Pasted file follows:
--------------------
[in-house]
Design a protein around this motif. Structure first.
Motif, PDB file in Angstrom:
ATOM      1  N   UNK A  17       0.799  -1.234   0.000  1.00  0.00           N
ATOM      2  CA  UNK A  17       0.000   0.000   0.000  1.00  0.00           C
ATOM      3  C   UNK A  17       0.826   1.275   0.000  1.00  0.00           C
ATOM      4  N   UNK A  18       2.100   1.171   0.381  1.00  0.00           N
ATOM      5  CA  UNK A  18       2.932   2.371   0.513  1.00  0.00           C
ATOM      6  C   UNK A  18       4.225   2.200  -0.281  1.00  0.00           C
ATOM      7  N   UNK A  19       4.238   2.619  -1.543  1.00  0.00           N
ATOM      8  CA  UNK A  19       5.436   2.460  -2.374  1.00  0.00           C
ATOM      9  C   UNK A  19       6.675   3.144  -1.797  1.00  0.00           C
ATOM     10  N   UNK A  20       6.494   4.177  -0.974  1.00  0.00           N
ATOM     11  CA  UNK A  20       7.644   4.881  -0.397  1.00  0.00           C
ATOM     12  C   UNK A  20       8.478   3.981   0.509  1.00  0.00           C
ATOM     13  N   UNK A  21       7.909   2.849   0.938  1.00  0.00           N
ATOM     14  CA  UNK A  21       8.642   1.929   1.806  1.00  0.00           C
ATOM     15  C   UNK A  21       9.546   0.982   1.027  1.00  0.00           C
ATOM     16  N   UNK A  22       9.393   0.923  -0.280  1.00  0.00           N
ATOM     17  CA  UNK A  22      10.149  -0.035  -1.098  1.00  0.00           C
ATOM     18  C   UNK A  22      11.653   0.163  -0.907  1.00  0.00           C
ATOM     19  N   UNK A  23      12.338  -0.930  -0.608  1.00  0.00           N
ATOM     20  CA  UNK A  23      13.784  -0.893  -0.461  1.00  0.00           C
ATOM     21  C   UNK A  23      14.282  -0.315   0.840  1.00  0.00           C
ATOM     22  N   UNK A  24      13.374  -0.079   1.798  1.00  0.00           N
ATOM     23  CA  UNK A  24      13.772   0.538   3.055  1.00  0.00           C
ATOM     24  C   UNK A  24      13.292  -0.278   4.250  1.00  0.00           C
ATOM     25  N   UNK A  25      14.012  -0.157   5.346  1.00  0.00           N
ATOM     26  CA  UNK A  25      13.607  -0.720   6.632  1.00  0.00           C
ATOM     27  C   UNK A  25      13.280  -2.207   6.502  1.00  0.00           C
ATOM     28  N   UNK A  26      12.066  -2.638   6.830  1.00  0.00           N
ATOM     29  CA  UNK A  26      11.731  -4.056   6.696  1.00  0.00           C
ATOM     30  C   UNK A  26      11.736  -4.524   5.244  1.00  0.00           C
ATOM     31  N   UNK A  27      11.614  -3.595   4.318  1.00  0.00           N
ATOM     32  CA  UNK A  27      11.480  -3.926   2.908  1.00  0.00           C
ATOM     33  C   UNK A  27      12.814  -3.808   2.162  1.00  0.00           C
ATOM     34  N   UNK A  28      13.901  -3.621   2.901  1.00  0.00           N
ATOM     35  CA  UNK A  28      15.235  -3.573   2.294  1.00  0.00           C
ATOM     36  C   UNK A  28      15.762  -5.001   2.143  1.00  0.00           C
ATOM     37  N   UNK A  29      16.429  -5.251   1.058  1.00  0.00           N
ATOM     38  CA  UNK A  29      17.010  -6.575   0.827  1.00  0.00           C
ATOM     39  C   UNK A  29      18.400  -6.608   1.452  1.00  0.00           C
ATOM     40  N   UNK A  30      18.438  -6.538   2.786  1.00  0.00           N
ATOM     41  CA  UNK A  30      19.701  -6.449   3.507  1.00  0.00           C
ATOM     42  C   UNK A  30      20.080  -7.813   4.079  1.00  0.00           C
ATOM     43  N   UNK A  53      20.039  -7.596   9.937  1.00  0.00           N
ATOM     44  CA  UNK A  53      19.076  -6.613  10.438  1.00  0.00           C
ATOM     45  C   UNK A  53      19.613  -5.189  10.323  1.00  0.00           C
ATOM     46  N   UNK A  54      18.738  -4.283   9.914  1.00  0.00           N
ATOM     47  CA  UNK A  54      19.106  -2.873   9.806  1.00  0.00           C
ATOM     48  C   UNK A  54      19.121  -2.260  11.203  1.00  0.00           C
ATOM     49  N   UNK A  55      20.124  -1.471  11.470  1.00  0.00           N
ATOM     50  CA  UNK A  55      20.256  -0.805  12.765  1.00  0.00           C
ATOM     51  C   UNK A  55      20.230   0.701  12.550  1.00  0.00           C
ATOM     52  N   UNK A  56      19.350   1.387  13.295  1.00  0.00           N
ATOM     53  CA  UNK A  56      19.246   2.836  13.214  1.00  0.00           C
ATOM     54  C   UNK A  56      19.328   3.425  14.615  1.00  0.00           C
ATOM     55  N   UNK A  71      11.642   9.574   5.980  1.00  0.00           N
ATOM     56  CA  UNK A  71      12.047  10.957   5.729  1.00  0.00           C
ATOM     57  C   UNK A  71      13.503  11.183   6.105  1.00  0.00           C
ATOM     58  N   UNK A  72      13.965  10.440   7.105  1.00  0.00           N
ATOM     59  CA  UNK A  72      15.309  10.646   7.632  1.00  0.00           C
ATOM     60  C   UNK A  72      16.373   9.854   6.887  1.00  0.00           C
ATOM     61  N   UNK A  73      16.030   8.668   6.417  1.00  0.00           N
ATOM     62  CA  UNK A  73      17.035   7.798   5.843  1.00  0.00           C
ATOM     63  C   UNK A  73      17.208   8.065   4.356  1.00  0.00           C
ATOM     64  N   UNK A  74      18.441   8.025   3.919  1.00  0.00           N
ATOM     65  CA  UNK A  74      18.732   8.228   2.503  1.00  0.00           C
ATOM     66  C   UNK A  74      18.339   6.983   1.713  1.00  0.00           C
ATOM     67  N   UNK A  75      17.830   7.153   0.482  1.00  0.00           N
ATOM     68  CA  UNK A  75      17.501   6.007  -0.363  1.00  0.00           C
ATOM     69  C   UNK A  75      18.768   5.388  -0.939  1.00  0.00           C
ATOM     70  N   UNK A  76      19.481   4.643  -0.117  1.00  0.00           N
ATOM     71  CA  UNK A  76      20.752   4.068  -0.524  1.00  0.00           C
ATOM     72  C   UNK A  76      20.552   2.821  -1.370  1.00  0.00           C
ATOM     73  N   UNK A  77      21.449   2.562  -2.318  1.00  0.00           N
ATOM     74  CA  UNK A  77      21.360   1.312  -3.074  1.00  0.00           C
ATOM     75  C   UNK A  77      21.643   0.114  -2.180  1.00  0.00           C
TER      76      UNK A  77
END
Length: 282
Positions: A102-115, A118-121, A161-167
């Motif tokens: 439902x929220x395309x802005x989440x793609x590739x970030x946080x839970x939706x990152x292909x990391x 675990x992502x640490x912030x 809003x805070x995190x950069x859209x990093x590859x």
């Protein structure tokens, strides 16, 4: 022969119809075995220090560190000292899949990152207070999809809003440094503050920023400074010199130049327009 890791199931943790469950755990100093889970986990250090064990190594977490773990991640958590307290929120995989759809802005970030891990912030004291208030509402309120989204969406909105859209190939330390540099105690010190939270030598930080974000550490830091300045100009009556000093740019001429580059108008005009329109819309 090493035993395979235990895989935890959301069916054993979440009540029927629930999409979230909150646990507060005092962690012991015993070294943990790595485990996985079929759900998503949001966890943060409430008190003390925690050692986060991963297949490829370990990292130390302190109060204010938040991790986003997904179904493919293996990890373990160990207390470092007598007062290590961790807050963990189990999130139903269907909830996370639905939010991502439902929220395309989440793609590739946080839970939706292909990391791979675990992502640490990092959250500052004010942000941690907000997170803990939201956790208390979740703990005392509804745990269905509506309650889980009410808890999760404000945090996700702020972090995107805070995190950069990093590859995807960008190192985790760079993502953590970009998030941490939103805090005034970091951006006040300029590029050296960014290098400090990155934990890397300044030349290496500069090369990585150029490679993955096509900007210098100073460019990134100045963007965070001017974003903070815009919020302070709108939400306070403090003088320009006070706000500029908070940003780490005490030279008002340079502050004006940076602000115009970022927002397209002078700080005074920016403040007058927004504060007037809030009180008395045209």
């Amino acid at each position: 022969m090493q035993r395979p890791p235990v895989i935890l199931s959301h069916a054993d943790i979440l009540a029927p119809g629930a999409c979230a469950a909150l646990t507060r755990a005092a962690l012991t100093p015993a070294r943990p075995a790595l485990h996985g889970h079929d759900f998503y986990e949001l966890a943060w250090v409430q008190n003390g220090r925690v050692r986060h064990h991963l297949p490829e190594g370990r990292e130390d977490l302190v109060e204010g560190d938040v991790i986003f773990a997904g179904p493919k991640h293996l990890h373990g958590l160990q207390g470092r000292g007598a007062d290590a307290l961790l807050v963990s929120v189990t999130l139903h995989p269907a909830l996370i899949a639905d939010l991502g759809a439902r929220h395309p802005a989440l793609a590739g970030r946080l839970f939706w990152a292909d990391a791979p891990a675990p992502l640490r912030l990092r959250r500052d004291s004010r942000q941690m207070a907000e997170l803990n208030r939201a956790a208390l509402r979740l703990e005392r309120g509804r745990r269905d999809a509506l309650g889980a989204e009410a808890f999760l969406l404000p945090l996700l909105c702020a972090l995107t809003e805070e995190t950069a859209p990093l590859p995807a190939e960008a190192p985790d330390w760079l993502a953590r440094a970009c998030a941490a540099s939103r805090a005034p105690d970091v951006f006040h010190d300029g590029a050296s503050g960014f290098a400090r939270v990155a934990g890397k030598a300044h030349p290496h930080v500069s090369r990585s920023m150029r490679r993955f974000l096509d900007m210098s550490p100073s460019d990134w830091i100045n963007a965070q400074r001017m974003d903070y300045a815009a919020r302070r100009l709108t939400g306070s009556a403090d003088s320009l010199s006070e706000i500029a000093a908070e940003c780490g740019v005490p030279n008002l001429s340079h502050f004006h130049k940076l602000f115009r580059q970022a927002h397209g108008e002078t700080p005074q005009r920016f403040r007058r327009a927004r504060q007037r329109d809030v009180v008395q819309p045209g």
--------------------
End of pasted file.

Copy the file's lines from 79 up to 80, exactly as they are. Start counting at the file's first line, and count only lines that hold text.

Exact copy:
TER      76      UNK A  77
END